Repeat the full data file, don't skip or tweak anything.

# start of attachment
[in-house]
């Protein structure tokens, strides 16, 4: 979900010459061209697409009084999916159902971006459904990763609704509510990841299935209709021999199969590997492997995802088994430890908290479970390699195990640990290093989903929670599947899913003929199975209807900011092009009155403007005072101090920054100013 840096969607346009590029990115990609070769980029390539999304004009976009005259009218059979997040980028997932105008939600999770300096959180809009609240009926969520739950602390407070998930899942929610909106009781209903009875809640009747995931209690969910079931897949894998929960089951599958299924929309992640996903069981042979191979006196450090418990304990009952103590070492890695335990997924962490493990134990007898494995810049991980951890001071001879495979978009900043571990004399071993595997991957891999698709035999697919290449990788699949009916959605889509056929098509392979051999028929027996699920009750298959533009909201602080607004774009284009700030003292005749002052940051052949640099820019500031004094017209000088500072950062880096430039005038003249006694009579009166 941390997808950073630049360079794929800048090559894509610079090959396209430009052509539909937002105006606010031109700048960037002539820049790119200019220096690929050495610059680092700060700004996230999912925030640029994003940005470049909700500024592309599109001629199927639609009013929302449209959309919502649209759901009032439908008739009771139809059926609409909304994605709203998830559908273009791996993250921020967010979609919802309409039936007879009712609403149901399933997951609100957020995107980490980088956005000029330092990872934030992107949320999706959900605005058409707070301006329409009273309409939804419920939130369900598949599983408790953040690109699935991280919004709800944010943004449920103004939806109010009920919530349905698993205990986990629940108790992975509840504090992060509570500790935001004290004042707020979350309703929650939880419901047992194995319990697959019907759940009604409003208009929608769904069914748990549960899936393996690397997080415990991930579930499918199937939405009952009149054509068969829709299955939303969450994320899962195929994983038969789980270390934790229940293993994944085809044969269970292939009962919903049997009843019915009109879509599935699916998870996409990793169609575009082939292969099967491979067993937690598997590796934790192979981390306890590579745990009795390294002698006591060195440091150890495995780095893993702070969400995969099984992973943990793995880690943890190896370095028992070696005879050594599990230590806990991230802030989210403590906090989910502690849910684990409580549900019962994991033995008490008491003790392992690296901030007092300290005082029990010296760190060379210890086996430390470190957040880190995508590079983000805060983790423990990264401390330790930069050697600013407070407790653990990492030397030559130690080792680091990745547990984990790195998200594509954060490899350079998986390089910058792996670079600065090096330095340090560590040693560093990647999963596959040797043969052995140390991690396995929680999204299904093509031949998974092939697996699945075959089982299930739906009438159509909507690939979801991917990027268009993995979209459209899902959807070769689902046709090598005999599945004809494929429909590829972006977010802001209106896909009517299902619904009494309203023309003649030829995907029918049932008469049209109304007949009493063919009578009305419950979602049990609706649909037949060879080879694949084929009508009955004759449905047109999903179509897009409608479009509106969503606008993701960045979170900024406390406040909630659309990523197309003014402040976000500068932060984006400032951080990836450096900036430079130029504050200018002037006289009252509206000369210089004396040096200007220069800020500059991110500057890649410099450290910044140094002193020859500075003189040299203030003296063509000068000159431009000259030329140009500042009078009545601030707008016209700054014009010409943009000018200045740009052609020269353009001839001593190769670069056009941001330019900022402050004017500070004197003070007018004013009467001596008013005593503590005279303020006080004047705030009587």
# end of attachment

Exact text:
[in-house]
């Protein structure tokens, strides 16, 4: 979900010459061209697409009084999916159902971006459904990763609704509510990841299935209709021999199969590997492997995802088994430890908290479970390699195990640990290093989903929670599947899913003929199975209807900011092009009155403007005072101090920054100013 840096969607346009590029990115990609070769980029390539999304004009976009005259009218059979997040980028997932105008939600999770300096959180809009609240009926969520739950602390407070998930899942929610909106009781209903009875809640009747995931209690969910079931897949894998929960089951599958299924929309992640996903069981042979191979006196450090418990304990009952103590070492890695335990997924962490493990134990007898494995810049991980951890001071001879495979978009900043571990004399071993595997991957891999698709035999697919290449990788699949009916959605889509056929098509392979051999028929027996699920009750298959533009909201602080607004774009284009700030003292005749002052940051052949640099820019500031004094017209000088500072950062880096430039005038003249006694009579009166 941390997808950073630049360079794929800048090559894509610079090959396209430009052509539909937002105006606010031109700048960037002539820049790119200019220096690929050495610059680092700060700004996230999912925030640029994003940005470049909700500024592309599109001629199927639609009013929302449209959309919502649209759901009032439908008739009771139809059926609409909304994605709203998830559908273009791996993250921020967010979609919802309409039936007879009712609403149901399933997951609100957020995107980490980088956005000029330092990872934030992107949320999706959900605005058409707070301006329409009273309409939804419920939130369900598949599983408790953040690109699935991280919004709800944010943004449920103004939806109010009920919530349905698993205990986990629940108790992975509840504090992060509570500790935001004290004042707020979350309703929650939880419901047992194995319990697959019907759940009604409003208009929608769904069914748990549960899936393996690397997080415990991930579930499918199937939405009952009149054509068969829709299955939303969450994320899962195929994983038969789980270390934790229940293993994944085809044969269970292939009962919903049997009843019915009109879509599935699916998870996409990793169609575009082939292969099967491979067993937690598997590796934790192979981390306890590579745990009795390294002698006591060195440091150890495995780095893993702070969400995969099984992973943990793995880690943890190896370095028992070696005879050594599990230590806990991230802030989210403590906090989910502690849910684990409580549900019962994991033995008490008491003790392992690296901030007092300290005082029990010296760190060379210890086996430390470190957040880190995508590079983000805060983790423990990264401390330790930069050697600013407070407790653990990492030397030559130690080792680091990745547990984990790195998200594509954060490899350079998986390089910058792996670079600065090096330095340090560590040693560093990647999963596959040797043969052995140390991690396995929680999204299904093509031949998974092939697996699945075959089982299930739906009438159509909507690939979801991917990027268009993995979209459209899902959807070769689902046709090598005999599945004809494929429909590829972006977010802001209106896909009517299902619904009494309203023309003649030829995907029918049932008469049209109304007949009493063919009578009305419950979602049990609706649909037949060879080879694949084929009508009955004759449905047109999903179509897009409608479009509106969503606008993701960045979170900024406390406040909630659309990523197309003014402040976000500068932060984006400032951080990836450096900036430079130029504050200018002037006289009252509206000369210089004396040096200007220069800020500059991110500057890649410099450290910044140094002193020859500075003189040299203030003296063509000068000159431009000259030329140009500042009078009545601030707008016209700054014009010409943009000018200045740009052609020269353009001839001593190769670069056009941001330019900022402050004017500070004197003070007018004013009467001596008013005593503590005279303020006080004047705030009587």